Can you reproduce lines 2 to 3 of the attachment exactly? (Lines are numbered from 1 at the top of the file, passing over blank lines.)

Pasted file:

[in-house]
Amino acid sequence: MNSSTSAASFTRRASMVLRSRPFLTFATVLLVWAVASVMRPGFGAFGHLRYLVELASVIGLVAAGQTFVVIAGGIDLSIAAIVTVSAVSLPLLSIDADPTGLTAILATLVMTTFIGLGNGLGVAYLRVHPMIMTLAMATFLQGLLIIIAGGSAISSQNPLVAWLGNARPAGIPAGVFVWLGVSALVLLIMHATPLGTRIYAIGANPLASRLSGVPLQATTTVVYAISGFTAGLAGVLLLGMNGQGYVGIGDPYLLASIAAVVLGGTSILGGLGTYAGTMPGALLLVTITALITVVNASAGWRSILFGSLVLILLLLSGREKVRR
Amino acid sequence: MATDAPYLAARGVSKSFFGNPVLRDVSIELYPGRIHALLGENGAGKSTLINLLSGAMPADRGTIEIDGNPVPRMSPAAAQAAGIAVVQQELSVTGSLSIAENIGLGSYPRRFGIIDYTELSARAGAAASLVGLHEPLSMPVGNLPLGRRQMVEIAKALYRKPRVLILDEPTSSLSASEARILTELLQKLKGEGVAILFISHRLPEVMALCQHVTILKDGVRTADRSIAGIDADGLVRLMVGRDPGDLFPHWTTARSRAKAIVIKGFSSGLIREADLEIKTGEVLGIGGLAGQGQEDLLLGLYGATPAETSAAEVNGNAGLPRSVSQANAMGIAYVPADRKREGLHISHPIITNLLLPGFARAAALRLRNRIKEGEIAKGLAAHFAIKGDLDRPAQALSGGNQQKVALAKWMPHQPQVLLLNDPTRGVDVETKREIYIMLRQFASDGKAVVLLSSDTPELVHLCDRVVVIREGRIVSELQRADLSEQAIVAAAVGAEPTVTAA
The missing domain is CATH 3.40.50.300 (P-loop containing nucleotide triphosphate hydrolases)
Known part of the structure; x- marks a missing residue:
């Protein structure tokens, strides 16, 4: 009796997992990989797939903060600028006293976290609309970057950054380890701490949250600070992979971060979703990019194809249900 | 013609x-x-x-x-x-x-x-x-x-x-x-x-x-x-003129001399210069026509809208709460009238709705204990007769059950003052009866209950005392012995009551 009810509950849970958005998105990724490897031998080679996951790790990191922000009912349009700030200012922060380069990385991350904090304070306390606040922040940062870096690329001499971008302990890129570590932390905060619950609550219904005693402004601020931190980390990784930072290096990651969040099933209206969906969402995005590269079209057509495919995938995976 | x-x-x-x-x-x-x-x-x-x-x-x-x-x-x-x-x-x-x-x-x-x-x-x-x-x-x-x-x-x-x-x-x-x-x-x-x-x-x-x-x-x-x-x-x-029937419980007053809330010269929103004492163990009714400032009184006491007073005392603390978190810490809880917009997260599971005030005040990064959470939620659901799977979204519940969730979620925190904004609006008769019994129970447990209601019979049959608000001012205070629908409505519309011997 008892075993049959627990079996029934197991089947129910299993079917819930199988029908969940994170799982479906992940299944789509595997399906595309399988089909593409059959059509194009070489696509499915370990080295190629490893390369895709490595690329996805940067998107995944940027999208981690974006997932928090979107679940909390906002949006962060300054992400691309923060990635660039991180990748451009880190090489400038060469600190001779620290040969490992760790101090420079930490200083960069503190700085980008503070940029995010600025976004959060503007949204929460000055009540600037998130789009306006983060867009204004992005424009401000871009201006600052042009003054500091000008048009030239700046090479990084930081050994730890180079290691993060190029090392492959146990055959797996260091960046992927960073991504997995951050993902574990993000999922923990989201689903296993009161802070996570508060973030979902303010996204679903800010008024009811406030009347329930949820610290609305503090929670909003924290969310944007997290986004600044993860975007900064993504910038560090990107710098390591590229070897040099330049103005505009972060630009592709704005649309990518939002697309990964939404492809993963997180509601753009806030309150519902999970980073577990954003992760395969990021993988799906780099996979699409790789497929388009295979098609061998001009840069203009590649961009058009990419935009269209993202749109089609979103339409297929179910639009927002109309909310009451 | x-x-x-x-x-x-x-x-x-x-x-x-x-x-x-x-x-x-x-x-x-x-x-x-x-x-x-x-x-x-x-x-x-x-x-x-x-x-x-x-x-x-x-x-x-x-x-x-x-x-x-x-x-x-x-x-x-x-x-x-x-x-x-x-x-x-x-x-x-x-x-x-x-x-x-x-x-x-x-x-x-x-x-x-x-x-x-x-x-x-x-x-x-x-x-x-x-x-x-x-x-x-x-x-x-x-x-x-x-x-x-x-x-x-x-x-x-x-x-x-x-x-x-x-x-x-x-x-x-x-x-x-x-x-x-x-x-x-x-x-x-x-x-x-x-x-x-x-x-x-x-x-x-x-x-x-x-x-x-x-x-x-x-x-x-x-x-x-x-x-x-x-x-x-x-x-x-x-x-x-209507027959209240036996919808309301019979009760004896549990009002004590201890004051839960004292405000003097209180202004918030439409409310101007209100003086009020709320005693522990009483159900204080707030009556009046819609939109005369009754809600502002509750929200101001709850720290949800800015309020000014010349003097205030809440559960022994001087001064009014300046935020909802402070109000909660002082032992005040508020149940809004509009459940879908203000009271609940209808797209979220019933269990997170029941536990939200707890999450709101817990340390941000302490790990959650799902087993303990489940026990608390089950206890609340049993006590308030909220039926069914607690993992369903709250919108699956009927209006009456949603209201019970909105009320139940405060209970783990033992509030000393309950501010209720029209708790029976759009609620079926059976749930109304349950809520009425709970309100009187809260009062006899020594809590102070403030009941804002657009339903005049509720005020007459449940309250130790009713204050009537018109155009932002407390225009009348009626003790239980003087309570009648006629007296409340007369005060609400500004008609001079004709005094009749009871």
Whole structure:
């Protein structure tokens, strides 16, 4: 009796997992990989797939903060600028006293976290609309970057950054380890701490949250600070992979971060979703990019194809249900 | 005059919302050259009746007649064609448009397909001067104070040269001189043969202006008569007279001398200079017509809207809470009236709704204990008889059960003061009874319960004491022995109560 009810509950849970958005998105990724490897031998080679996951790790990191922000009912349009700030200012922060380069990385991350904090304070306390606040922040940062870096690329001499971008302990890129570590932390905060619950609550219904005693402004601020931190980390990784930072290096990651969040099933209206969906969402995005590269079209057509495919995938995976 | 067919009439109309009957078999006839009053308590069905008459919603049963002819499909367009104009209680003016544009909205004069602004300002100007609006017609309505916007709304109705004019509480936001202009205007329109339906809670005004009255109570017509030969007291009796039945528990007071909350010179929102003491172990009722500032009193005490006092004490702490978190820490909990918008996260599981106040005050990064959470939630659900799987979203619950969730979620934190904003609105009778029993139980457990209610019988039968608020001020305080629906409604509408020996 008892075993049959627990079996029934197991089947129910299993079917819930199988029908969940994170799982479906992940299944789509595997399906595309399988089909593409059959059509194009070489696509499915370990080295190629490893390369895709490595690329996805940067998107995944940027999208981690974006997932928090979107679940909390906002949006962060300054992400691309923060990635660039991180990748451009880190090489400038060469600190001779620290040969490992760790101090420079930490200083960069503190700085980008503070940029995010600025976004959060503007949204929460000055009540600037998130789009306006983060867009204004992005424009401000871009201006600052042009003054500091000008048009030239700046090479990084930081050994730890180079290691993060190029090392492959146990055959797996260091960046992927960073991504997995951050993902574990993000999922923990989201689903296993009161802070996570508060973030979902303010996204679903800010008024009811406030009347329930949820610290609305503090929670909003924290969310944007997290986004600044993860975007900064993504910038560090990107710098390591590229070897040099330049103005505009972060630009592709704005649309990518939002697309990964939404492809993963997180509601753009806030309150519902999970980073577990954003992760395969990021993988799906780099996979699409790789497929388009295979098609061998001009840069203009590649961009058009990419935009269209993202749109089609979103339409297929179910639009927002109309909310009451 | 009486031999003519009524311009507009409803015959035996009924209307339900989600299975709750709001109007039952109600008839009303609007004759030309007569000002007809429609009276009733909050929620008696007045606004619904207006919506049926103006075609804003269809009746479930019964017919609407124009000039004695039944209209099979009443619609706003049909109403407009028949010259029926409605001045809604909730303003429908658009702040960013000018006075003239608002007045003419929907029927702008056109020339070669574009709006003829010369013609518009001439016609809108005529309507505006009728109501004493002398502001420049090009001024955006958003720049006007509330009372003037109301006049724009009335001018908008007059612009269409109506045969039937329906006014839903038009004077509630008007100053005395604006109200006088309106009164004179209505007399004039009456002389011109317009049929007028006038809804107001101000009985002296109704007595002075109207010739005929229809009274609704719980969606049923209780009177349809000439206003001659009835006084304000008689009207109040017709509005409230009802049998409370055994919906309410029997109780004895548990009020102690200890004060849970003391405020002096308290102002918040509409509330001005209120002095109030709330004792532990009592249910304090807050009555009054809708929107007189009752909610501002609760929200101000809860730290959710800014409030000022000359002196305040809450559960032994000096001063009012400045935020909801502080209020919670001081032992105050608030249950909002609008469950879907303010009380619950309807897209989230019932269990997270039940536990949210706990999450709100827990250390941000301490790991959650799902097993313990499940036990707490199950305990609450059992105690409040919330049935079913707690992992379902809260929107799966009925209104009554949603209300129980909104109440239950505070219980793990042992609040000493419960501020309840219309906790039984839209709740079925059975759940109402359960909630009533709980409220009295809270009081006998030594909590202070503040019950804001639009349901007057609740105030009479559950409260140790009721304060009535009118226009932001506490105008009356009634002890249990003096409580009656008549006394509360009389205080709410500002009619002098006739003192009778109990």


Amino acid sequence: MNSSTSAASFTRRASMVLRSRPFLTFATVLLVWAVASVMRPGFGAFGHLRYLVELASVIGLVAAGQTFVVIAGGIDLSIAAIVTVSAVSLPLLSIDADPTGLTAILATLVMTTFIGLGNGLGVAYLRVHPMIMTLAMATFLQGLLIIIAGGSAISSQNPLVAWLGNARPAGIPAGVFVWLGVSALVLLIMHATPLGTRIYAIGANPLASRLSGVPLQATTTVVYAISGFTAGLAGVLLLGMNGQGYVGIGDPYLLASIAAVVLGGTSILGGLGTYAGTMPGALLLVTITALITVVNASAGWRSILFGSLVLILLLLSGREKVRR
Amino acid sequence: MATDAPYLAARGVSKSFFGNPVLRDVSIELYPGRIHALLGENGAGKSTLINLLSGAMPADRGTIEIDGNPVPRMSPAAAQAAGIAVVQQELSVTGSLSIAENIGLGSYPRRFGIIDYTELSARAGAAASLVGLHEPLSMPVGNLPLGRRQMVEIAKALYRKPRVLILDEPTSSLSASEARILTELLQKLKGEGVAILFISHRLPEVMALCQHVTILKDGVRTADRSIAGIDADGLVRLMVGRDPGDLFPHWTTARSRAKAIVIKGFSSGLIREADLEIKTGEVLGIGGLAGQGQEDLLLGLYGATPAETSAAEVNGNAGLPRSVSQANAMGIAYVPADRKREGLHISHPIITNLLLPGFARAAALRLRNRIKEGEIAKGLAAHFAIKGDLDRPAQALSGGNQQKVALAKWMPHQPQVLLLNDPTRGVDVETKREIYIMLRQFASDGKAVVLLSSDTPELVHLCDRVVVIREGRIVSELQRADLSEQAIVAAAVGAEPTVTAA